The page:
Over the next four years, I moved on to buying more favorites that included Random House, FSG, Hal Leonard Music Books and Viking Penguin. The more I heard about the stories behind the books’ creation, the more interested I was. One of our reps recommended a new job at Holtzbrinck Publishers selling TSR. TSR? You mean Dungeons and Dragons? Yep. The game manuals and the novels. Game on. Why not?
I came into the Flatiron Building in New York on a hot May day in 1999. I misjudged the subway time, arrived late, and thought that walking up to the 12th floor would be faster than waiting for an elevator. I arrived sweaty, out of breath, and dis-shelved. Talk about making a good impression. I remembered how well those fantasy books sold back in the Welsh Road days and was hoping to be able to be a bigger part of their success “further up-stream”. I got the job and have since moved on to specialize in Children’s books. I feel very lucky to be working with such smart, creative, and fun people.
I occasionally go back to the mall near my parents’ house. Wee Three is gone. The Book End is gone. Encore is gone. The aprons are gone. Things change. But, storytelling and publishing always go on …
New York, NY – Exactly one year after clinching her first publishing deal, British author Sally Green has smashed two GUINNESS WORLD RECORDS titles for the ‘Most translated book by a debut …
“During my years of making children’s books, I’ve heard editors and publishers bemoan the dismal statistics, and promote this or that program that demonstrates their company’s ‘commitment to diversity.’ With …
From the beginning, one of the goals of the CBC Diversity Initiative was to help create a more diverse range of employees working within the industry. Now in its third year, CBC Diversity is taking a closer look at how we can help bring about this change.In February we attended a highly diverse college fair introducing qualified candidates to the many jobs in publishing. We plan to do more career fairs, virtual and in-person, in the future. This, however, is only one part of the equation.On March 12, 2014, the CBC Diversity Committee hosted a Lunch & Learn Panel for hiring managers and human resources professionals within children’s book publishing to come together and explore key ideas focusing on how to bring about a more representative industry. The amazing panel was moderated by Andrea Davis Pinkney, Vice President and Executive Editor of Trade at Scholastic, and the panelists included David Bronstein, Cheif Talent Officer at Perseus Books Group; Amy Brundage, Human Resources Director at Hachette Book Group; and Carolynn L. Johnson, Chief Operating Officer at DiversityInc.
The takeaways were fabulous and below you’ll find just a few that were captured.
- The hiring manager is the key—understand their behavior, learn how to communicate with them, and educate them. This will have the best influence on who they hire.
- If you’re in the company, send referrals of candidates that you think would be great to HR. Those usually go to the top of the pile.
- It’s a numbers game. The companies who get it (that diversity is crucial to the bottom line) win, those who don’t go out of business. There is a business case for diversity.
- What makes a good mentee?
- A person who drives the mentorship process and comes to learn and engage
- A person that understands that it’s not all about the mentor giving to them, they should give back to the mentor as well in whatever way they can to add value to the relationship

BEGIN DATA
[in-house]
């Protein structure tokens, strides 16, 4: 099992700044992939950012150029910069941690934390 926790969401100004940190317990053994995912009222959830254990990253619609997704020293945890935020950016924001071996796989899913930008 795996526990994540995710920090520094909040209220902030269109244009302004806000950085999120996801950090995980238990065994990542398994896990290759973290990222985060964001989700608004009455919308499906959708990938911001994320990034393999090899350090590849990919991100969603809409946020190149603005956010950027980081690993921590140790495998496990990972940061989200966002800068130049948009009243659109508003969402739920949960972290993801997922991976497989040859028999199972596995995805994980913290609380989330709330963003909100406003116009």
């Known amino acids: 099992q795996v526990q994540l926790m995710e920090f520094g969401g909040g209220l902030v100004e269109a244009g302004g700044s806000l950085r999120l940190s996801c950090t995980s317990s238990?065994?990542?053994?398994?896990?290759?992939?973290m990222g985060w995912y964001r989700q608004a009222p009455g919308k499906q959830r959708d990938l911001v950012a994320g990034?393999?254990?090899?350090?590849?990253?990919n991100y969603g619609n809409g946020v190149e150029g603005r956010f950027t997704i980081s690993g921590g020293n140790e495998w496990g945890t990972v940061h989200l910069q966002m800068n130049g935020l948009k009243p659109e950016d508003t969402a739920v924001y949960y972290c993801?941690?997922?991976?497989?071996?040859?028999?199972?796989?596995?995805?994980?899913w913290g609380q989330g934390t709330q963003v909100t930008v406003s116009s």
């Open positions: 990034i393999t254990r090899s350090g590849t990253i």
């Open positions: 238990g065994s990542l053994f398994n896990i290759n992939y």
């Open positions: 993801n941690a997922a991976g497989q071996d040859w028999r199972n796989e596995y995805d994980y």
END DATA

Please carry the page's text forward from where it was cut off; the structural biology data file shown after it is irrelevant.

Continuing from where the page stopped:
- A person that understands that there’s a difference between a mentor, a sponsor, and a coach. Asking one person to be all of those things won’t work because they have different responsibilities and needs. It’s important for a mentee to always be networking so they have access to many advocates.
- Training is so important for hiring managers because it shows them that they may have unknown biases and then will help decrease those biases in the future.
- A way to infuse diversity training into the company is to do it within higher management training.
- Include two-way interaction with scenarios
- Try to provide a training session where the manager feels like they’ve solved 3-4 problems in the session (presumably through those scenarios)
- Companies have to do the work if they care about creating and promoting their diversity.
- Is it in the job posting description of the company? Where are you posting the job—just within industry-specific websites or only on the company website?
- Is there diversity on the company website?
- Where and how are your corporate values communicated and where does diversity fit in?
- Hiring managers need to go to where the people are—to the communities, individuals, institutions that have the diversity that you crave. They aren’t going to come to you—especially if the above bullet isn’t handled.
- Numbers are important. Ask managers to pay attention to those numbers because when you shine a light on something, there is change.
“Other digital and social media components of the promotion include Facebook and Tumblr book giveaways, and a Daughter of Smoke & Bone Tumblr site showcasing fan-art as well as an …
“In the subsequent books I thought more about violence and young people. It’s very serious. That doesn’t mean I’m limiting the content. I just handle it different. In terms of …
LONDON, ENGLAND – Pottermore.com, the digital platform from author J.K. Rowling devoted to the world of Harry Potter, today posted the first part of her “History of the Quidditch World …
“TODAY I am a writer, but I also see myself as something of a landscape artist. I paint pictures of scenes for inner-city youth that are familiar, and I people …
The Hans Christian Andersen Award Jury of the International Board on Books for Young People (IBBY) Announces the 2014 Shortlist Six authors and six illustrators have been selected from 58 candidates submitted …